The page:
LXC in Ubuntu 12.04 LTS

Quite a few people have been asking for a status update of LXC in Ubuntu as of Ubuntu 12.04 LTS. This post is meant as an overview of the work we did over the past 6 months and pointers to more detailed blog posts for some of the new features.

What’s LXC?

LXC is a userspace tool controlling the kernel namespaces and cgroup features to create system or application containers.

To give you an idea:

  • Feels like somewhere between a chroot and a VM
  • Can run a full distro using the “host” kernel
  • Processes running in a container are visible from the outside
  • Doesn’t require any specific hardware, works on all supported architectures

A libvirt driver for LXC exists (libvirt-lxc), however it doesn’t use the “lxc” userspace tool even though it uses the same kernel features.

Making LXC easier

One of the main focus for 12.04 LTS was to make LXC dead easy to use, to achieve this, we’ve been working on a few different fronts fixing known bugs and improving LXC’s default configuration.

Creating a basic container and starting it on Ubuntu 12.04 LTS is now down to:

sudo apt-get install lxc
sudo lxc-create -t ubuntu -n my-container
sudo lxc-start -n my-container

This will default to using the same version and architecture as your machine, additional option are obviously available (–help will list them). Login/Password are ubuntu/ubuntu.

Another thing we worked on to make LXC easier to work with is reducing the number of hacks required to turn a regular system into a container down to zero.
Starting with 12.04, we don’t do any modification to a standard Ubuntu system to get it running in a container.
It’s now even possible to take a raw VM image and have it boot in a container!

The ubuntu-cloud template also lets you get one of our EC2/cloud images and have it start as a container instead of a cloud instance:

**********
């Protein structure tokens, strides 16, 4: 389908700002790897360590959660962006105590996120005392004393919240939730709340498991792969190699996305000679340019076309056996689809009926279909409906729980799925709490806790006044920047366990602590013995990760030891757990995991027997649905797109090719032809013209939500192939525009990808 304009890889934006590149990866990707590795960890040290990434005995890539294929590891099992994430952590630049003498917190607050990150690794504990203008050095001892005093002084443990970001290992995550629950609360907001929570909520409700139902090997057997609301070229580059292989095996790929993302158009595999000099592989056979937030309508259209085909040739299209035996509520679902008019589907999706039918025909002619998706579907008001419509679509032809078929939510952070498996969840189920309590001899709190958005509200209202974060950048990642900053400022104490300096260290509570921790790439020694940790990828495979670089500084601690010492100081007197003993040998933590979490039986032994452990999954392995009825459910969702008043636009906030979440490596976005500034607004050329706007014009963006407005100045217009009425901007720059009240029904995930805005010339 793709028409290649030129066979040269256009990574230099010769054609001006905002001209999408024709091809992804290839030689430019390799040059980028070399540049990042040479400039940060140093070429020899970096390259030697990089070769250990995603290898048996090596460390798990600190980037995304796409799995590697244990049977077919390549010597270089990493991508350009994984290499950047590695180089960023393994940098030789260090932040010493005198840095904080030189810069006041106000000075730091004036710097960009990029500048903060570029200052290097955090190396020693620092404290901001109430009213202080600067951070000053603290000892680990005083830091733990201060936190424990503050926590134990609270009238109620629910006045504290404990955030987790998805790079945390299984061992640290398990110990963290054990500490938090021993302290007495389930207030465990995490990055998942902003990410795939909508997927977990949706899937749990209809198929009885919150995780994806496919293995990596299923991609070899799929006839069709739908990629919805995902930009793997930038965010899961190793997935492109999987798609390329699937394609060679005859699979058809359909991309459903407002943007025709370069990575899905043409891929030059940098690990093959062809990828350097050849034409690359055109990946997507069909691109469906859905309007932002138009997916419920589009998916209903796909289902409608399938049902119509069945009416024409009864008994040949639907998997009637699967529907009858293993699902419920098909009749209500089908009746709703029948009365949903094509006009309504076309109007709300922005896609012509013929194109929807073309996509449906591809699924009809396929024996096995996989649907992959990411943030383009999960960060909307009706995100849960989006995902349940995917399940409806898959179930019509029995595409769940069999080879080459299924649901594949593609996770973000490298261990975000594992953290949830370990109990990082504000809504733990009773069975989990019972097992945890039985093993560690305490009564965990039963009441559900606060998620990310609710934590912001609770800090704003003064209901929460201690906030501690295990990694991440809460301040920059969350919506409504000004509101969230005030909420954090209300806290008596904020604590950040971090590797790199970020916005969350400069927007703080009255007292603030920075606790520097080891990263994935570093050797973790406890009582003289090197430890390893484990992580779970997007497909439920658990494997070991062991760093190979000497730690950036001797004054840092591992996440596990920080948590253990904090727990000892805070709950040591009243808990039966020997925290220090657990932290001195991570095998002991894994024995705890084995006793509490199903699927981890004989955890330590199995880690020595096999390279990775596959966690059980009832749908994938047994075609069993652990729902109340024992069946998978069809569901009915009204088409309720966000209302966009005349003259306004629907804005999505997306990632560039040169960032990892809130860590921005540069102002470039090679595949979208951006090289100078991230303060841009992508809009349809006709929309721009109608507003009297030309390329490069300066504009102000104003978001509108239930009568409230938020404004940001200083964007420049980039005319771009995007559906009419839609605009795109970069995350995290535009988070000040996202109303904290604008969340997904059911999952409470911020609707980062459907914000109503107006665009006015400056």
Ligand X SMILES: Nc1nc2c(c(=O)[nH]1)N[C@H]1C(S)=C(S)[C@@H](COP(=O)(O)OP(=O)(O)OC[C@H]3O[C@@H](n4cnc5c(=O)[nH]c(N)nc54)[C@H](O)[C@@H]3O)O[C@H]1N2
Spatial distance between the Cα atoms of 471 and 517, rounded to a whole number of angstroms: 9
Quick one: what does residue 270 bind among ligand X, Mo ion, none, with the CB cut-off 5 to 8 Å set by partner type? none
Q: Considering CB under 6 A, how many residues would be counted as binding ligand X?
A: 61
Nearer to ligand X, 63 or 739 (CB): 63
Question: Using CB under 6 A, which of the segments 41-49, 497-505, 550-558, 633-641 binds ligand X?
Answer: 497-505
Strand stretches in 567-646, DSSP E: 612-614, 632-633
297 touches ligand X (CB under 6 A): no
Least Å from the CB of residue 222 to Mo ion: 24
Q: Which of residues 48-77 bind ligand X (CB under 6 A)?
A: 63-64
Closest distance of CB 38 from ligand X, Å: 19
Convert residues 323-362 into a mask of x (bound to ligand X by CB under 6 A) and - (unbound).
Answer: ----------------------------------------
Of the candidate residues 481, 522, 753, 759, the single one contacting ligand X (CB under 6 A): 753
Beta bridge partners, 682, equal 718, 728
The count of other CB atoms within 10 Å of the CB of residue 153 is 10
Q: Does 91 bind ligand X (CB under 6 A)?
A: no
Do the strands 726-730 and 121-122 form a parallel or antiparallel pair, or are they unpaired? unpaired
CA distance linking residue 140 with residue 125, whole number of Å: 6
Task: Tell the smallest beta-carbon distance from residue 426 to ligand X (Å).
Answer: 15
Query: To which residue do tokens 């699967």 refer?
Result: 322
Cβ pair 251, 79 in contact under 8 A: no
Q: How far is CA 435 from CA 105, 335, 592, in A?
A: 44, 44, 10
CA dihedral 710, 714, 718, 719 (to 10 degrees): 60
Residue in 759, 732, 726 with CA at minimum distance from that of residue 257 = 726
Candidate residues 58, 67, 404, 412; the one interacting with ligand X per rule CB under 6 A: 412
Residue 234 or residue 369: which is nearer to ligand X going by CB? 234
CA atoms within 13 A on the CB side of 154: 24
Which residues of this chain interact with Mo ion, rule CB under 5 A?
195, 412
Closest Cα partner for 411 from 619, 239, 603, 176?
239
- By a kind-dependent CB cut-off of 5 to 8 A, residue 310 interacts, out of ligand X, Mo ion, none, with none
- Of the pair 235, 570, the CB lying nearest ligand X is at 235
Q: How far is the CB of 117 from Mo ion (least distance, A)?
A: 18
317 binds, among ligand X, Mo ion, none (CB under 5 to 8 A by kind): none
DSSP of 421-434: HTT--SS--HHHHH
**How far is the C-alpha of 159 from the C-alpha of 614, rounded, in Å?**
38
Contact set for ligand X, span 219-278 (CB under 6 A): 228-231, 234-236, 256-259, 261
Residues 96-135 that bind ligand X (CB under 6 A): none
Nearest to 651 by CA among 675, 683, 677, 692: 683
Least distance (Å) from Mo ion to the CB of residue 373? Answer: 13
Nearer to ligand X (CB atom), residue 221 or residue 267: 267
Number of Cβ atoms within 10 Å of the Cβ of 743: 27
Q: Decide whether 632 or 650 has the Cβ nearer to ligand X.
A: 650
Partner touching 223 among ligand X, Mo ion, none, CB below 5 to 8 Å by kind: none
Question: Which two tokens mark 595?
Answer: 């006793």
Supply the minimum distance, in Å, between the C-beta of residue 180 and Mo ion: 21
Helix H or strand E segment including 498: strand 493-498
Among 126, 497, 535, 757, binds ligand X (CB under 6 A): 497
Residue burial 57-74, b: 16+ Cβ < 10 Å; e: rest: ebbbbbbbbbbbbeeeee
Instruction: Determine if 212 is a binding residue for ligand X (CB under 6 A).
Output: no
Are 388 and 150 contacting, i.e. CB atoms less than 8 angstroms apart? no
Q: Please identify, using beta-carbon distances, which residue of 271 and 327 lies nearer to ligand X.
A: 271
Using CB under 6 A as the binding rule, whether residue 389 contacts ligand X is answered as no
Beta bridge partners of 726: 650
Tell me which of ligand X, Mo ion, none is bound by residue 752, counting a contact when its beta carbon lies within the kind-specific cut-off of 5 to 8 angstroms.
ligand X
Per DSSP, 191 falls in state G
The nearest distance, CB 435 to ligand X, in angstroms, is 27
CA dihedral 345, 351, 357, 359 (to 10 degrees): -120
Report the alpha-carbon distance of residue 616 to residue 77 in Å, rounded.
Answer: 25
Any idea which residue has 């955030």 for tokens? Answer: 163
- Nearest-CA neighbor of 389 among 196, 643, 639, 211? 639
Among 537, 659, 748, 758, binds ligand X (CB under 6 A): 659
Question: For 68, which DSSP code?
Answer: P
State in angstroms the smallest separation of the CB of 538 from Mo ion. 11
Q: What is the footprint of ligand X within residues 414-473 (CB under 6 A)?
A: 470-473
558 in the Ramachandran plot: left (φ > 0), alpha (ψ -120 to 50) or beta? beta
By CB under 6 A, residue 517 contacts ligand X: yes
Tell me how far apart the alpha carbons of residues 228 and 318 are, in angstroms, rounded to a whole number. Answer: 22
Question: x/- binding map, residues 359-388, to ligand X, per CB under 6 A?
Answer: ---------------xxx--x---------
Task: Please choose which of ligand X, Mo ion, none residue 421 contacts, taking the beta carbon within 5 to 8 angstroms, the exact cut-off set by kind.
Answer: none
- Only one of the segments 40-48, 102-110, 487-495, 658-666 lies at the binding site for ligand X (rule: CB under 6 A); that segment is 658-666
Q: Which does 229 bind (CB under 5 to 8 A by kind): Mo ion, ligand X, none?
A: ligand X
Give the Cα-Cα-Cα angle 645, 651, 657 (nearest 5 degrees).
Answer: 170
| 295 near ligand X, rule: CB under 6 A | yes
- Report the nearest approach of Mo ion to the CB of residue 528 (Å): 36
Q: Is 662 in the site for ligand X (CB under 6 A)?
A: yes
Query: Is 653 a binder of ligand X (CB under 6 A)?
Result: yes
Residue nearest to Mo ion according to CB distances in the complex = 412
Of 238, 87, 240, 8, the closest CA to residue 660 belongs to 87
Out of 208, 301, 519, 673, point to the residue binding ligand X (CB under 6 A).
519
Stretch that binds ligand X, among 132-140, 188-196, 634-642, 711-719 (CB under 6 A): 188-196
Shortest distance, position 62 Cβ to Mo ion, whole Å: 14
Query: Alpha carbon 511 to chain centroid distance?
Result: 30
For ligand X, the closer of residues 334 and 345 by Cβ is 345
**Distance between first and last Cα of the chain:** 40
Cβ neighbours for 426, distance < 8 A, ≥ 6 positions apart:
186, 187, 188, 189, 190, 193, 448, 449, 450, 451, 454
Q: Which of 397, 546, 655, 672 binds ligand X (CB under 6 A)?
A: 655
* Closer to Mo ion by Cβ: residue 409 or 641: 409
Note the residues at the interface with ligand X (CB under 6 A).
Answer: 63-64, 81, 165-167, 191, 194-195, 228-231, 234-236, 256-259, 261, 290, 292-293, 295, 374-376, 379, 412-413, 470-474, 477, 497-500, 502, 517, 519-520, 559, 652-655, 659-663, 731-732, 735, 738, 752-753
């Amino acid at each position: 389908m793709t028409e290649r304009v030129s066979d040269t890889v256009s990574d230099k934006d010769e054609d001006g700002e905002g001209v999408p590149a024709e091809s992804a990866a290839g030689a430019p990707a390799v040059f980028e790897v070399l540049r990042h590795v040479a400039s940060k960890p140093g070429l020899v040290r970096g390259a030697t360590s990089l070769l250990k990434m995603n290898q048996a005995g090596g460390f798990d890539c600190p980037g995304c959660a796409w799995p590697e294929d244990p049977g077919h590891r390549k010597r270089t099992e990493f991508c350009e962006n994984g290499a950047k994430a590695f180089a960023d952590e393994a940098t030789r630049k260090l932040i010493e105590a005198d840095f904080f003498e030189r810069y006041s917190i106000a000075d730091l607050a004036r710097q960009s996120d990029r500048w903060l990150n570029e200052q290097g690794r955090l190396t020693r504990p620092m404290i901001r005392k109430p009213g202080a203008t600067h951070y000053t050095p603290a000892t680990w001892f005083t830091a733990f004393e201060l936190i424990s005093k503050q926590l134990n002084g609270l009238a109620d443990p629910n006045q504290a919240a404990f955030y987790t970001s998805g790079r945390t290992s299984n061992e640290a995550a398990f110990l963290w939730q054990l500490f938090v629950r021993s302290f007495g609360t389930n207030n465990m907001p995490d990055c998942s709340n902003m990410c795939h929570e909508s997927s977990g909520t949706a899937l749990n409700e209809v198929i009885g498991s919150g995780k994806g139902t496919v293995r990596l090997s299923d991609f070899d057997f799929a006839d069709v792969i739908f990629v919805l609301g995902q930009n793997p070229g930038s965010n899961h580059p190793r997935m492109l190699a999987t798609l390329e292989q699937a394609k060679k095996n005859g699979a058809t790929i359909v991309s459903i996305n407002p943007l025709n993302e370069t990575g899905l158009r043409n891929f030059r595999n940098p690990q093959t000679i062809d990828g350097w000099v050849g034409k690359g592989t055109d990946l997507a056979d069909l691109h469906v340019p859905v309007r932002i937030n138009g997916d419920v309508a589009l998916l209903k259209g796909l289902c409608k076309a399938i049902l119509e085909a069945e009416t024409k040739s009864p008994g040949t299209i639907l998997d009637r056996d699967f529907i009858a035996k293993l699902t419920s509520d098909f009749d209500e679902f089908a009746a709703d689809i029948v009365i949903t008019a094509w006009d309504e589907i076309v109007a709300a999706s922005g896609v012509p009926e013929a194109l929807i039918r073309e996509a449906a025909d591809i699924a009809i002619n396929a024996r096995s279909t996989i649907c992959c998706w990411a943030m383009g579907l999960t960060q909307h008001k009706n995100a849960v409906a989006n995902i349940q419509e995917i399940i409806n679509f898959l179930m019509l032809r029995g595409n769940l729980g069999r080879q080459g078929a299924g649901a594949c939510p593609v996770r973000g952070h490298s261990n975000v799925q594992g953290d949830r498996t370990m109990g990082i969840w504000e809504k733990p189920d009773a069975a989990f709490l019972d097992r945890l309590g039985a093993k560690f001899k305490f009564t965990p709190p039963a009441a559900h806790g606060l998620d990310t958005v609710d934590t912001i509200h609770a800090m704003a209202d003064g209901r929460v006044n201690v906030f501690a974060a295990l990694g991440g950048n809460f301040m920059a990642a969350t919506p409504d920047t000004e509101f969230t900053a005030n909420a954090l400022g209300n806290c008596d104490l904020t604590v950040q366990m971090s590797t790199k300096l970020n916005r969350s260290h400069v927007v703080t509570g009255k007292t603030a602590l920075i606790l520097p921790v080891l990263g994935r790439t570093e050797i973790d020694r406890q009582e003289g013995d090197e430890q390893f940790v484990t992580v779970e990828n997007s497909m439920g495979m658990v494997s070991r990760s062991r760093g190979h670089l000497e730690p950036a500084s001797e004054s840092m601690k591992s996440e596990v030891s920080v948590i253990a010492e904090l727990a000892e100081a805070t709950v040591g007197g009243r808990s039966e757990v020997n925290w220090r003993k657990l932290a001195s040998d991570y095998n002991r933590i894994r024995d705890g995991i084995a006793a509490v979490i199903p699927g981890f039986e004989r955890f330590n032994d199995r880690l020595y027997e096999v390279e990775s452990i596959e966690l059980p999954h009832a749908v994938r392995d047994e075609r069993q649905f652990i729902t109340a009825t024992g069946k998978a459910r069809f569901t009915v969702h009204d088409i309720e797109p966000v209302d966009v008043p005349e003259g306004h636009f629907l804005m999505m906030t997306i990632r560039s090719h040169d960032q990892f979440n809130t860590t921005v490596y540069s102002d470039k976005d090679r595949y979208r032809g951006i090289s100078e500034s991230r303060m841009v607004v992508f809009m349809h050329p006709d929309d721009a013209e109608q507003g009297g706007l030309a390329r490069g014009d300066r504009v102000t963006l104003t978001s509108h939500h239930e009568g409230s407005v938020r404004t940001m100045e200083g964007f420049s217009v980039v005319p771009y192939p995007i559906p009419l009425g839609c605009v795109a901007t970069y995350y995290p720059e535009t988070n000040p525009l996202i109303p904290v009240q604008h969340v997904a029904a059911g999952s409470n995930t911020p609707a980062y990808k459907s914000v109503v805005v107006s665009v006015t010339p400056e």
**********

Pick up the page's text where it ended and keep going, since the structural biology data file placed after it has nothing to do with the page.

sudo apt-get install lxc cloud-utils
sudo lxc-create -t ubuntu-cloud -n my-cloud-container
sudo lxc-start -n my-cloud-container

And finally, if you want to test the new cool stuff, you can also use juju with LXC:

[ ! -f ~/.ssh/id_rsa.pub ] && ssh-keygen -t rsa
sudo apt-get install juju apt-cacher-ng zookeeper lxc libvirt-bin --no-install-recommends
sudo adduser $USER libvirtd
juju bootstrap
sed -i "s/ec2/local/" ~/.juju/environments.yaml
echo " data-dir: /tmp/juju" >> ~/.juju/environments.yaml
juju bootstrap
juju deploy mysql
juju deploy wordpress
juju add-relation wordpress mysql
juju expose wordpress

# To tail the logs
juju debug-log

# To get the IPs and status
juju status

Making LXC safer

Another main focus for LXC in Ubuntu 12.04 was to make it safe. John Johansen did an amazing work of extending apparmor to let us implement per-container apparmor profiles and prevent most known dangerous behaviours from happening in a container.

NOTE: Until we have user namespaces implemented in the kernel and used by the LXC we will NOT say that LXC is root safe, however the default apparmor profile as shipped in Ubuntu 12.04 LTS is blocking any armful action that we are aware of.

This mostly means that write access to /proc and /sys are heavily restricted, mounting filesystems is also restricted, only allowing known-safe filesystems to be mounted by default. Capabilities are also restricted in the default LXC profile to prevent a container from loading kernel modules or control apparmor.

More details on this are available here:

Other cool new stuff

Emulated architecture containers

It’s now possible to use qemu-user-static with LXC to run containers of non-native architectures, for example:

sudo apt-get install lxc qemu-user-static
sudo lxc-create -n my-armhf-container -t ubuntu -- -a armhf